List & Interactive Map: The best local holiday displays of 2020 »

CDC recommendations for holiday gatherings »

7. Keep an eye on the weather forecast.

Health officials say the safest thing you can do is take activities outside, but that really only works when the weather cooperates.

To stay up-to-date on the local forecast, check the latest Weather Now video or the Detailed 7-Day on WPRI.com, or download the Pinpoint Weather App for updates right on your phone.

Pinpoint Weather Resources

Weather Now | Detailed 7-Day | Radar | Hour-by-Hour | Severe | Closings | Ocean, Bay & Beach | Traffic | Flight Tracker | Power Outages | Winter Weather | Weather Network | Weather Blog
Download Our Apps | Sign Up for Alerts

8. Consider shopping small this year.

Small businesses are struggling right now and need your support more than ever. When doing your holiday shopping, seek out ways to buy local, such as picking up gift cards to local shops and restaurants.

This year, WPRI 12 teamed up with Shop Local Rhode Island to bring you the 12 Local Gift Guide, a way to shop small and stay safe at the same time.

Currently, Rhode Island retailers are limited to 1 person per 100 square feet of space (or 150 square feet for big box stores).

9. You can still help those in need this year.

With so many people out of work right now, many families are struggling as well. While food and toy drives are usually a great way to help them during the holidays, those have also undergone some changes this year.

Rather than donating canned goods to the Rhode Island Community Food Bank, you can make a monetary donation to help them restock their pantries.

If you typically give to our annual Toys for Tots drive, those donations are being collected at Cardi’s locations instead of the WPRI 12 studios in East Providence.

Or, seek out a different nonprofit and find out how you can safely pitch in this holiday season.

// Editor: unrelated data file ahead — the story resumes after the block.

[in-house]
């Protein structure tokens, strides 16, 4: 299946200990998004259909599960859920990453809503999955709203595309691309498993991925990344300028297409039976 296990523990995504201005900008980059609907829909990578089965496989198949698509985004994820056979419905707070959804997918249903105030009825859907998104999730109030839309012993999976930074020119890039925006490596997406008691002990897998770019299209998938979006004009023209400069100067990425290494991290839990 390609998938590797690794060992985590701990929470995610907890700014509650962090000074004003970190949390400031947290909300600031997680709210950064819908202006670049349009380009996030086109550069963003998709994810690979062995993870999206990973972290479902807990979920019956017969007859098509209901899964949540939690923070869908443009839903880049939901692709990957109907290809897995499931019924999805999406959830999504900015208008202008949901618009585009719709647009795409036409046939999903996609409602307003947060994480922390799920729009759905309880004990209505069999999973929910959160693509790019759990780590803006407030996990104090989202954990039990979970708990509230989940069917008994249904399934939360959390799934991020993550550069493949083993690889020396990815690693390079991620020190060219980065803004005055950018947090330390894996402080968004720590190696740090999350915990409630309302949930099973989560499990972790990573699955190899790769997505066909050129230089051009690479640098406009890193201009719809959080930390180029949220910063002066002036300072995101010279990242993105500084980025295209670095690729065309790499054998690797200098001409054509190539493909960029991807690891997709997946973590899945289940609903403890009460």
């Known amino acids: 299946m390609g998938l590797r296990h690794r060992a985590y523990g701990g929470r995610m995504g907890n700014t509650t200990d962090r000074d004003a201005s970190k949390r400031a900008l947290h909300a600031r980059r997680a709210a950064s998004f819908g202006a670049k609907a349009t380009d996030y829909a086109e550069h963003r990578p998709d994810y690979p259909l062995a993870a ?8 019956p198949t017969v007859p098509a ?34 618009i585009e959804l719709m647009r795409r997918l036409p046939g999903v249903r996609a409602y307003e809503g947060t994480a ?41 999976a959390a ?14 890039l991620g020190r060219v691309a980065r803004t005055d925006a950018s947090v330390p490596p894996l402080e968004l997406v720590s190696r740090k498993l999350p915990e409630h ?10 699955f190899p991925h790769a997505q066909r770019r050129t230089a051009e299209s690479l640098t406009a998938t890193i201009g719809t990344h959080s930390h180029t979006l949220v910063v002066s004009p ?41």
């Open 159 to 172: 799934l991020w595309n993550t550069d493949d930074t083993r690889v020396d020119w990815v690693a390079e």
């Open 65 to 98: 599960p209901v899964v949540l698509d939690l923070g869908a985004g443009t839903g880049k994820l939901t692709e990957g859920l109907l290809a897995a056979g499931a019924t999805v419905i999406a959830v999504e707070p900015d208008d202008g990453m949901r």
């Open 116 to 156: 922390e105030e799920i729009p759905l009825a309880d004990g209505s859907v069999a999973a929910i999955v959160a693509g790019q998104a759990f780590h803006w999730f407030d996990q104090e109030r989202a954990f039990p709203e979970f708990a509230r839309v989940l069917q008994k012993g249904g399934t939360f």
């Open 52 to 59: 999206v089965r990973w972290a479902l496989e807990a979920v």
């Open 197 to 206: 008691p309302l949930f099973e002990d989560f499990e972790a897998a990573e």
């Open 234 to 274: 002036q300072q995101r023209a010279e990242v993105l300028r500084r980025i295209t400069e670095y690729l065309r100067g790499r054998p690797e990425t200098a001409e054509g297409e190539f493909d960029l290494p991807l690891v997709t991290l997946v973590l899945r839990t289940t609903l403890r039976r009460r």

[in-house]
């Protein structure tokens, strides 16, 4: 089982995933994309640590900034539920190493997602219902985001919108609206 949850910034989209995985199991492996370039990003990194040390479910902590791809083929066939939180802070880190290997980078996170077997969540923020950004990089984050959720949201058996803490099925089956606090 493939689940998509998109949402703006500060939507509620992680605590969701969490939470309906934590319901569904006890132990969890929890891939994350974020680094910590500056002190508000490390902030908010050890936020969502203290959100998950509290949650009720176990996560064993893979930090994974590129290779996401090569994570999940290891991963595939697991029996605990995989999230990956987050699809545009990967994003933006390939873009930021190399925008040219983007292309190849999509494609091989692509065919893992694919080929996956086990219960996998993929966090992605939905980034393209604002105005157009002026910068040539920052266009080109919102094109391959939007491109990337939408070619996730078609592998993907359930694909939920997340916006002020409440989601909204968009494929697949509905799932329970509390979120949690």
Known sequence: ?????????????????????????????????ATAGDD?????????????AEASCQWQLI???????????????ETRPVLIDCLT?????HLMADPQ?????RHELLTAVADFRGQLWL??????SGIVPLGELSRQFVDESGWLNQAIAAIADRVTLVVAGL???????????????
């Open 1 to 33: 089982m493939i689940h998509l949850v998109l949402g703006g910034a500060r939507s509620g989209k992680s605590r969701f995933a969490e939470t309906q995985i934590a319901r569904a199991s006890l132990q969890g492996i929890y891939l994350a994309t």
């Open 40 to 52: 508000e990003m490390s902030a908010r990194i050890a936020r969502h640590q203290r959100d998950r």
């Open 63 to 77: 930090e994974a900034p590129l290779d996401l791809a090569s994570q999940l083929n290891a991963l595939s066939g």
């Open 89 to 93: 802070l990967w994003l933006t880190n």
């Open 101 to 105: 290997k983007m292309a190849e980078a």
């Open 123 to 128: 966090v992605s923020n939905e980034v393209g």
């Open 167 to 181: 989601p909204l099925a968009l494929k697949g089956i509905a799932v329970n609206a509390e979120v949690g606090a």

10. Give the gift of life.

While the need for blood and plasma is always there, donations are way down due to the pandemic. If you’re healthy, consider becoming a donor during this trying time.

Learn More: RI Blood Center | Red Cross of Massachusetts

11. It’s OK not to be OK.

The holidays can be a tough time of year for many people, and that’s especially true during a pandemic. If you’re having trouble — don’t be afraid to ask. There are a number of resources out there to get you the help you need.

12. Holiday Programming on WPRI 12

Sunday, Dec. 20

8:30 p.m. Celebrate The Holidays With Garth Brooks And Trisha Yearwood – The country music icons sing songs of the season in a live, one-hour concert special from their home recording studio.

9:30 p.m. The 22nd Annual A Home for the Holidays – Host Gayle King presents uplifting stories of adoption from foster care as families adopt children in virtual ceremonies. Featuring performances from Josh Groban, Miranda Lambert, Meghan Trainor, Leslie Odom Jr., and Andrea Bocelli.

Monday, Dec. 21

8 p.m. The Price is Right at Night – Drew Carey hosts a special “holly jolly-themed” primetime show where families come on down and play for festive prizes.

9 p.m. Let’s Make a Deal Primetime – Festive-themed games and deals, plus a special guests appearance from Christopher Jackson, star of the CBS drama Bull.


How are you celebrating?

Are you coming up with creative ways to observe the holidays, or making some new traditions this year?

Show us by sending your pictures and video using the form below, and be sure to check back to see our gallery!


Credits

Reporter – Alexandra Leslie
Executive Producer – Shaun Towne
Photographers/Editors – Alexandra Leslie, Nick Blair
Graphic Designer – Lisa Mandarini
Digital Content Producer – Shaun Towne
Special Thanks – Beth Fernandes, Lee Dooley, Jen Quinn, Susan Tracy-Durant, Karen Rezendes